This information is provided by the National Institutes of Health (NIH) Genetic and Rare Diseases Information Center (GARD).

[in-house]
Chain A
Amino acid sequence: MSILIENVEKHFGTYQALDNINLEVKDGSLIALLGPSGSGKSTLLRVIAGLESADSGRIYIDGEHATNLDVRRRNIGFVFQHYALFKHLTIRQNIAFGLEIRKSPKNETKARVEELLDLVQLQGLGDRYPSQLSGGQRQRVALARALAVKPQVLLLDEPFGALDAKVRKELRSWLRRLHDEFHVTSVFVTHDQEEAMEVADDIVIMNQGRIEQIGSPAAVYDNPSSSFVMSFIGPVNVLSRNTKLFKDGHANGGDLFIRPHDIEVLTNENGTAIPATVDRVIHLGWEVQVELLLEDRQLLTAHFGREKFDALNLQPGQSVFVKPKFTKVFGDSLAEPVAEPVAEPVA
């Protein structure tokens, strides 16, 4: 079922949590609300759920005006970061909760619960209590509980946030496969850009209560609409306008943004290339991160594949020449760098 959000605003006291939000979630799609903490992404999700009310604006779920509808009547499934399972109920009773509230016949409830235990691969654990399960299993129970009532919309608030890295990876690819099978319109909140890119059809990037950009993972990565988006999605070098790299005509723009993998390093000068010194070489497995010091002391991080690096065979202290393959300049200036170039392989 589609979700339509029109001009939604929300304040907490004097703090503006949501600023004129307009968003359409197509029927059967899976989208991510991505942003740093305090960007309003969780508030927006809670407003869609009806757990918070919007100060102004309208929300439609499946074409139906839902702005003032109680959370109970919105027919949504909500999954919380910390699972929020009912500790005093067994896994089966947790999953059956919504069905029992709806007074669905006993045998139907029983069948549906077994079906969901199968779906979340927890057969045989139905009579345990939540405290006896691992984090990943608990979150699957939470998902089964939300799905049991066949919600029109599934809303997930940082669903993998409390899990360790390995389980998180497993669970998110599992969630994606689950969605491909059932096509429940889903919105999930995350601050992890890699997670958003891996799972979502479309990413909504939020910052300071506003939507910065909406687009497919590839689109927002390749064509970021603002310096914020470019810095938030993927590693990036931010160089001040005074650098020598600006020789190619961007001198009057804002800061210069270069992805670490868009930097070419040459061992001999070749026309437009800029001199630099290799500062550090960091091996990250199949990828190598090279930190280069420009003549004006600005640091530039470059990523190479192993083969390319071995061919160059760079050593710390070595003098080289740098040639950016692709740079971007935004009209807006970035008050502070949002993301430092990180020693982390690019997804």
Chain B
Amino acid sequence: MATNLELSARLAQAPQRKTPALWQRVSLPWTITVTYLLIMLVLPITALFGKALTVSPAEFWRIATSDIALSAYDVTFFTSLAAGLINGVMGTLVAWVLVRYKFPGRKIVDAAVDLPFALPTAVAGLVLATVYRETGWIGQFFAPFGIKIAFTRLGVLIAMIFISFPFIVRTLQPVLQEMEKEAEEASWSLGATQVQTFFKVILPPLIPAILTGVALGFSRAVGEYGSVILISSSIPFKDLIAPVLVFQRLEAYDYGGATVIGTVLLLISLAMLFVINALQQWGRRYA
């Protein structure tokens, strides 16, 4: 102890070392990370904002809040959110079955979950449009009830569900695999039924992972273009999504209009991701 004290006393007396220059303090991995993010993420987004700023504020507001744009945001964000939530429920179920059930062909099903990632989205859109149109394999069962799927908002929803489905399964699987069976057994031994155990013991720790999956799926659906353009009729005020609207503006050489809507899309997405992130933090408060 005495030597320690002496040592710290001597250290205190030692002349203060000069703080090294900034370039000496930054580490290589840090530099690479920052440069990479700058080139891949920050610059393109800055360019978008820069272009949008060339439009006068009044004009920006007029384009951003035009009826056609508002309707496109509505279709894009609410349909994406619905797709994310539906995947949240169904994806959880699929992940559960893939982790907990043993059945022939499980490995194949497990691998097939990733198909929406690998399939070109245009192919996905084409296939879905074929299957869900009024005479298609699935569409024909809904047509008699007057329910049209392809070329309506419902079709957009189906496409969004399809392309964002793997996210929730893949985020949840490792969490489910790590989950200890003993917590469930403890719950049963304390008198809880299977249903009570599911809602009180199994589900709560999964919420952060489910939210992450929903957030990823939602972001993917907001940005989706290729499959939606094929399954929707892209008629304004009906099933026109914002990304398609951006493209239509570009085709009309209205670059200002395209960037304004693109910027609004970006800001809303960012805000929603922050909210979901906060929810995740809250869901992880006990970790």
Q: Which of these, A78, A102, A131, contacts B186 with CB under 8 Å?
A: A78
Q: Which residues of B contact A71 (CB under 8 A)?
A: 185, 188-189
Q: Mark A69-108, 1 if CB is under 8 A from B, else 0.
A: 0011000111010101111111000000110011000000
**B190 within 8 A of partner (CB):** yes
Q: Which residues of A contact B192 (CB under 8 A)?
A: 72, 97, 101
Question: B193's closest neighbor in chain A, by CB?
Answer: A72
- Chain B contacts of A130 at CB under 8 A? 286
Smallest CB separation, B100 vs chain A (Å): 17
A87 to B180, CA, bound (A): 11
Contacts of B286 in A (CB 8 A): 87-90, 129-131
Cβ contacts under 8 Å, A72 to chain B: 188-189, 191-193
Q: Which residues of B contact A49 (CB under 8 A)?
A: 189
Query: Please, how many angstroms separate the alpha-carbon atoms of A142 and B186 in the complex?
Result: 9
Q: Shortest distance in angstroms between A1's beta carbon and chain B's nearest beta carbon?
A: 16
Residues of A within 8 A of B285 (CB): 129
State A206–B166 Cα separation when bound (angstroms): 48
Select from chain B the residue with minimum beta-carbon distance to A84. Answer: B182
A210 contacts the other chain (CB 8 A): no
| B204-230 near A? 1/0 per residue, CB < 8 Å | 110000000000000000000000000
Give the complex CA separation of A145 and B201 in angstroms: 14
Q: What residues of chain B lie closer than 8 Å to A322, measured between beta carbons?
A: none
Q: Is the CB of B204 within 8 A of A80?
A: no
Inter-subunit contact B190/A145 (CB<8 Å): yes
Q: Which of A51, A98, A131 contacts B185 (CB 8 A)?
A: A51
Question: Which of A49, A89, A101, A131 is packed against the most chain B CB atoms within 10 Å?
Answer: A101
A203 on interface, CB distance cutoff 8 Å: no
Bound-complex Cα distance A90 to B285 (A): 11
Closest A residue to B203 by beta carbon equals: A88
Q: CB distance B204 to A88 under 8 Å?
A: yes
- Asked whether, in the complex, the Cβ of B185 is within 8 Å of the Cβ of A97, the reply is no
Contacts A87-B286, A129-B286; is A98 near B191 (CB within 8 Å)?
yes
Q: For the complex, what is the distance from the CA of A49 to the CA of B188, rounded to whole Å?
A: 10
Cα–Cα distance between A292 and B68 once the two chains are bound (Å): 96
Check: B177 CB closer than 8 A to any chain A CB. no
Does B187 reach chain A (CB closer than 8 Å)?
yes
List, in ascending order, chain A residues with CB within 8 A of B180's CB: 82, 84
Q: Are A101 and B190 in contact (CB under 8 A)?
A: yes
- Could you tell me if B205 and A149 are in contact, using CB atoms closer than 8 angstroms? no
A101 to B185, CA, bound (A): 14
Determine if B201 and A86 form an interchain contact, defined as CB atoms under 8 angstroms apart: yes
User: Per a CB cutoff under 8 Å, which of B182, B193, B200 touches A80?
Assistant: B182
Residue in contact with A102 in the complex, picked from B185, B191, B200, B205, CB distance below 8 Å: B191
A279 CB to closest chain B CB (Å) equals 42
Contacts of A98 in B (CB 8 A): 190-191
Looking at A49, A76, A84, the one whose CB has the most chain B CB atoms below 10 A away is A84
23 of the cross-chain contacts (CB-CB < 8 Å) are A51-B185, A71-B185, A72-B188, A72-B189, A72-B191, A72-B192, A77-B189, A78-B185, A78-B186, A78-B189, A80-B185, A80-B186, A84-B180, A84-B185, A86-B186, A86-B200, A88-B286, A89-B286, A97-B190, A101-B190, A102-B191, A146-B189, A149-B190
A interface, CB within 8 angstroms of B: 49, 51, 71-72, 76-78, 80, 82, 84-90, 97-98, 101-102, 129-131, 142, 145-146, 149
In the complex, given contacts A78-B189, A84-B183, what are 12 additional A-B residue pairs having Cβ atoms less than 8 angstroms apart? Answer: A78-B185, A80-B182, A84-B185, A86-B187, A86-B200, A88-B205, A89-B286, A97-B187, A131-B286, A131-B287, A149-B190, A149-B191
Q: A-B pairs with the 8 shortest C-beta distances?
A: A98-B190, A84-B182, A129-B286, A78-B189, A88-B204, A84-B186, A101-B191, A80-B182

Juvenile retinoschisis is an eye condition characterized by impaired vision that begins in childhood and occurs almost exclusively in males. The condition affects the retina, which is a specialized light-sensitive tissue that lines the back of the eye. This affects the sharpness of vision. Central vision is more commonly affected. Vision often deteriorates early in life, but then usually becomes stable until late adulthood. A second decline in vision typically occurs in a man’s fifties or sixties. Sometimes severe complications occur, including separation of the retinal layers (retinal detachment) or leakage of blood vessels in the retina (vitreous hemorrhage). These can lead to blindness. Juvenile retinoschisis is caused by mutations in the RS1 gene. It is inherited in an X-linked recessive pattern. Low-vision aids can be helpful. Surgery may be needed for some complications.
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